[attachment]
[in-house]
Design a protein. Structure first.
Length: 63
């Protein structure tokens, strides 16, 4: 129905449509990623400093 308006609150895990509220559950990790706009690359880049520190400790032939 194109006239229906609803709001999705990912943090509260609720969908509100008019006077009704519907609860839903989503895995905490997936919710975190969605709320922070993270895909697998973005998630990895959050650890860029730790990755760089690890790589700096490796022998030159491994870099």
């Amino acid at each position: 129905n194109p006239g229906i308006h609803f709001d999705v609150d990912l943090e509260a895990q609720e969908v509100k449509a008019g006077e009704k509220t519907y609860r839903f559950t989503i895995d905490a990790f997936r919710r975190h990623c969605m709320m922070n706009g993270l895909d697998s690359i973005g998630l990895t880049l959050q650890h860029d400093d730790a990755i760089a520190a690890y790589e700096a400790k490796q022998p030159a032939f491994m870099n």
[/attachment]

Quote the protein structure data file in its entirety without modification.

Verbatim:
[in-house]
Design a protein. Structure first.
Length: 63
């Protein structure tokens, strides 16, 4: 129905449509990623400093 308006609150895990509220559950990790706009690359880049520190400790032939 194109006239229906609803709001999705990912943090509260609720969908509100008019006077009704519907609860839903989503895995905490997936919710975190969605709320922070993270895909697998973005998630990895959050650890860029730790990755760089690890790589700096490796022998030159491994870099």
């Amino acid at each position: 129905n194109p006239g229906i308006h609803f709001d999705v609150d990912l943090e509260a895990q609720e969908v509100k449509a008019g006077e009704k509220t519907y609860r839903f559950t989503i895995d905490a990790f997936r919710r975190h990623c969605m709320m922070n706009g993270l895909d697998s690359i973005g998630l990895t880049l959050q650890h860029d400093d730790a990755i760089a520190a690890y790589e700096a400790k490796q022998p030159a032939f491994m870099n």